Stock index futures pointed to a rise of nearly 1 percent at the market open on Friday after French President Nicolas Sarkozy hinted at a deal to resolve the Greek debt crisis that has hampered equities and worried investors over a possible credit dry-up.
Sarkozy said there was no time to lose on agreeing on a program for Greece, suggesting a deal needed to be reached in July at the latest.
We want to go as quickly as possible without fixing a date, Sarkozy said after meeting with German Chancellor Angela Merkel, adding that the pair had the same position on Greece.
Analysts saw his comments as a balm for spooked investors.
After a couple of volatile sessions earlier this week, the market is taking Sarkozy's words as comfort and that is translating into a rebound this morning, said Andre Bakhos, director of market analytics at Lek Securities in New York.
S&P 500 futures rose 11 points and were above fair value, a formula that evaluates pricing by taking into account interest rates, dividends and time to expiration of the contract. Dow Jones industrial average futures gained 84 points and Nasdaq 100 futures added 15 points.
If the S&P 500 and Dow hold on to their expected gains Friday, the indexes could record their first positive week in seven.
Greek Prime Minister George Papandreou sacrificed his finance minister and put a rival into the job in hopes of forcing through an unpopular austerity plan.
Sarkozy and Merkel both voiced support for Papandreou and said the European Union must aid Greece. Their comments soothed investors, reining in the risk premium on Greek and Spanish bonds and boosting the euro against the U.S. dollar.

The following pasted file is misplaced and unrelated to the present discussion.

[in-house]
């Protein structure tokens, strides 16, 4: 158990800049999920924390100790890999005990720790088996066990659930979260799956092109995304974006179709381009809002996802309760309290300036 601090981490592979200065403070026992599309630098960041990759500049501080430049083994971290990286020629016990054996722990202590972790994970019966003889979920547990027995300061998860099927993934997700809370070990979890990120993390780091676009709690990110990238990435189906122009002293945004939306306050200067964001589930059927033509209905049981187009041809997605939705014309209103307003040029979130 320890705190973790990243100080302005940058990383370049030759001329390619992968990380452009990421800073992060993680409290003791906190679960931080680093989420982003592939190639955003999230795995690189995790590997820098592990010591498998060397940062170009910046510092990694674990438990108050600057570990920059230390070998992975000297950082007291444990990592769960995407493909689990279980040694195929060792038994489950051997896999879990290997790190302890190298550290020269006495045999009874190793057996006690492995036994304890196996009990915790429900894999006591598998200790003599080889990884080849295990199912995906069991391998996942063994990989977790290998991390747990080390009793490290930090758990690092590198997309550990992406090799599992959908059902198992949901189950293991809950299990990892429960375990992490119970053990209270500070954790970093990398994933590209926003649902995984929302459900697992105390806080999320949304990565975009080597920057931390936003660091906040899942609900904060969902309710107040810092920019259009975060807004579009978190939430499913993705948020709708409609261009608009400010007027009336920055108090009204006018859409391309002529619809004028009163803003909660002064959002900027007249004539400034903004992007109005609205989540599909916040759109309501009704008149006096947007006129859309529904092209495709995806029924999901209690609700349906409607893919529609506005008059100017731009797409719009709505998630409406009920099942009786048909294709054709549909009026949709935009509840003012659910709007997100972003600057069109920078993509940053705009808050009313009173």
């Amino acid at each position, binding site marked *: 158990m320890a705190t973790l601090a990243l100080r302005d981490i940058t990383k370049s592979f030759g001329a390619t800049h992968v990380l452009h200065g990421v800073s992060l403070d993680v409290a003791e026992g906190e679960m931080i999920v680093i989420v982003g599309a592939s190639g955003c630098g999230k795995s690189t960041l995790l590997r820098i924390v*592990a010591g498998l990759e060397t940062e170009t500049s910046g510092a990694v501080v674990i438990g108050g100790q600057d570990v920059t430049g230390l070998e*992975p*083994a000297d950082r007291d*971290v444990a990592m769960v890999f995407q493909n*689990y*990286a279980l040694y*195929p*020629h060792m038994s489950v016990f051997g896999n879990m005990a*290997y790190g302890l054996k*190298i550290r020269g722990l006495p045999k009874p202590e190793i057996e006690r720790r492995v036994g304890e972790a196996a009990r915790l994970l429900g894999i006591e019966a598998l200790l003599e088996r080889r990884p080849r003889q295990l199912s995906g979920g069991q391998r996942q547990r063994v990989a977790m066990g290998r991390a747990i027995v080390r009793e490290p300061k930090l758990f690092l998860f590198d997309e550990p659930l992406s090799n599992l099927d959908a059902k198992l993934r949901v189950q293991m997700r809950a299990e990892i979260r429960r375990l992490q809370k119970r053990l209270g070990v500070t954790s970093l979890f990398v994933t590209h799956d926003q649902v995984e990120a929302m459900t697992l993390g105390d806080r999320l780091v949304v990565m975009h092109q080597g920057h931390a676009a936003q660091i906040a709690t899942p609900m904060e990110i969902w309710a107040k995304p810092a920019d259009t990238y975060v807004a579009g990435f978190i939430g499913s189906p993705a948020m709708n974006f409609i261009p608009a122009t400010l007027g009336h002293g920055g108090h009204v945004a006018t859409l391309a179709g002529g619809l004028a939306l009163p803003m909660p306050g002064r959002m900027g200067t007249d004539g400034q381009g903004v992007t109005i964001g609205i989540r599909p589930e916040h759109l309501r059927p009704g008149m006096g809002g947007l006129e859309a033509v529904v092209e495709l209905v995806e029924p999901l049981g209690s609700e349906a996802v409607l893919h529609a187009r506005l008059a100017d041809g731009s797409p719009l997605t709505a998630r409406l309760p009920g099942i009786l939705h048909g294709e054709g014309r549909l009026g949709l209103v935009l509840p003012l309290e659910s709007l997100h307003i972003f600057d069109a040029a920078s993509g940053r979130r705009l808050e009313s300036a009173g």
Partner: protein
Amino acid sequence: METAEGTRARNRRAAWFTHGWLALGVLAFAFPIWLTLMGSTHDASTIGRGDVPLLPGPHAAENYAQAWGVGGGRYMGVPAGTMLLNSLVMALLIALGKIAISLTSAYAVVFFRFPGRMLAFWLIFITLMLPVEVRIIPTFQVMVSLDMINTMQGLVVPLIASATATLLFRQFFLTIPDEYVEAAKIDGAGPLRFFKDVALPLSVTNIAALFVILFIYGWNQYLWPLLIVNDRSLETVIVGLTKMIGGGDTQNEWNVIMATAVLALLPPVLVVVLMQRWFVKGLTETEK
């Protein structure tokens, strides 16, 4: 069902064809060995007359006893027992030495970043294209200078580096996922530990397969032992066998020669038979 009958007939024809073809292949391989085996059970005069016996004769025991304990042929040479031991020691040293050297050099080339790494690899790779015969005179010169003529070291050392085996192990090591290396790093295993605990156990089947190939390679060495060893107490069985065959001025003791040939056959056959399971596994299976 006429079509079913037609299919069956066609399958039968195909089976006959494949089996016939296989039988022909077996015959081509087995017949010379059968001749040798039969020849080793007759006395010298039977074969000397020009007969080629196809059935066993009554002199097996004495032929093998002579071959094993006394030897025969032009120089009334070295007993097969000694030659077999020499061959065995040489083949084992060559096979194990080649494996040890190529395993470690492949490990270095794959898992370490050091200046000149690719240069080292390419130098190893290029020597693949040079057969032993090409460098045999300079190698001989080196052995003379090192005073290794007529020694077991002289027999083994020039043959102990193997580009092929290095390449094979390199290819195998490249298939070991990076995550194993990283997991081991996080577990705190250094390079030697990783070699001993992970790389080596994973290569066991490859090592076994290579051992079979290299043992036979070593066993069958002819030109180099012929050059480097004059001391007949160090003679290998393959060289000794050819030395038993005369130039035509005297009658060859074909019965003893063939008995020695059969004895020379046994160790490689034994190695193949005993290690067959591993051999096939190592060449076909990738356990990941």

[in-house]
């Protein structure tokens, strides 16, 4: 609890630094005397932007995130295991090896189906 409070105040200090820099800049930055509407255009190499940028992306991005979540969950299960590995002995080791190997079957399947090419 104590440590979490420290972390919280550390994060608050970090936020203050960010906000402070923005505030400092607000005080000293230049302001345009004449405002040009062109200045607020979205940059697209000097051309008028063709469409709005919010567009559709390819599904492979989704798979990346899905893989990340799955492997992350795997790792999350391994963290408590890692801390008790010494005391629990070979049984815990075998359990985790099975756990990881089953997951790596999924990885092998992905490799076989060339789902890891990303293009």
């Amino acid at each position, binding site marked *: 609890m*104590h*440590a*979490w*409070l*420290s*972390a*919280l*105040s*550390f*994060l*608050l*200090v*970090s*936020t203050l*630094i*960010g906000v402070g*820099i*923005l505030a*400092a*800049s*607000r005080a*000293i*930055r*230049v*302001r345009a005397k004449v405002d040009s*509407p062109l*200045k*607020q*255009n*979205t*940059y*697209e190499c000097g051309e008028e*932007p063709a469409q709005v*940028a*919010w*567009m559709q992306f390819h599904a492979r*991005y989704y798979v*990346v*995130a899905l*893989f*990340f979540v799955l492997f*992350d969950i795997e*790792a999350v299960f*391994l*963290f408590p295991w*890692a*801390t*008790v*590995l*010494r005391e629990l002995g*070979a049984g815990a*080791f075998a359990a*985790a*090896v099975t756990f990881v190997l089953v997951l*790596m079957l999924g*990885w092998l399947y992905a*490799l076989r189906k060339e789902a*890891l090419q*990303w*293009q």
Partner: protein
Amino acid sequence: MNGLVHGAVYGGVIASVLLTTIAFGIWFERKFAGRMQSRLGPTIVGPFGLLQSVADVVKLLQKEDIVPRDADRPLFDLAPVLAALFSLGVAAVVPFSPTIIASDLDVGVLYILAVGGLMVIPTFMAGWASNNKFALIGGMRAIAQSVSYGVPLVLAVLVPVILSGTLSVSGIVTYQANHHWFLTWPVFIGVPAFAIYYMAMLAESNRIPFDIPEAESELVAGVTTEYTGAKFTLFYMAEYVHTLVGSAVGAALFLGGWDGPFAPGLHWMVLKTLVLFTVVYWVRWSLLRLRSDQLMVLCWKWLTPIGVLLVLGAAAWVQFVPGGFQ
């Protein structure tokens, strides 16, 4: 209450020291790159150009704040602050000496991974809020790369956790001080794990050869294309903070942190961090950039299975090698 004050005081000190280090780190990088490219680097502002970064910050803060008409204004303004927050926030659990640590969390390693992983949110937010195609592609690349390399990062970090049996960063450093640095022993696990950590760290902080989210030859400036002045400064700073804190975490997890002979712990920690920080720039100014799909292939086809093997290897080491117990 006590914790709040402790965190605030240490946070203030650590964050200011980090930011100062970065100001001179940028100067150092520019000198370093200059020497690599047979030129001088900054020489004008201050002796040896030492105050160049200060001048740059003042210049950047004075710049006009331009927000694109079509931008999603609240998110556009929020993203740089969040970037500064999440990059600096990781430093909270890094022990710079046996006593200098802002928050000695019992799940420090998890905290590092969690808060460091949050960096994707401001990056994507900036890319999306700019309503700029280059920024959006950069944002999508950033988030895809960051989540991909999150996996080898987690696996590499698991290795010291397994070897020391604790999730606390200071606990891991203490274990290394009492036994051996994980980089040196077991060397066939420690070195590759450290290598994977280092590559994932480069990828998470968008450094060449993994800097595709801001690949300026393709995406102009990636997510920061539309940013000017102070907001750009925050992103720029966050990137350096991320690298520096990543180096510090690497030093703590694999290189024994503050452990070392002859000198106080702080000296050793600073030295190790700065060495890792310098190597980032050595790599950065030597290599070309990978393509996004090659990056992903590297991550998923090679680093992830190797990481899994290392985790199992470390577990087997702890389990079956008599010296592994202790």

But the two European leaders gave no details on how private investors would contribute to the rescue. The issue has split the euro zone and rattled financial markets.
The FTSEurofirst 300 index <.FTEU3> rose 0.5 percent in afternoon trading.
To convince existing Greek bondholders to buy new Greek debt is going to be a gargantuan process, said Peter Boockvar, equity strategist at Miller Tabak & Co in New York.
But the market will deal with that later. For today they're just happy that the French, Germans and the ECB look like they're coming to some sort of an agreement.
Economic data on tap includes the Reuters/University of Michigan Surveys of Consumers preliminary June consumer sentiment index, due at 9:55 a.m. EDT. Economists in a Reuters survey expect a reading of 74.0 compared with 74.3 in the final May report.
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(Reporting by Rodrigo Campos; additional reporting by European bureaus; editing by Jeffrey Benkoe)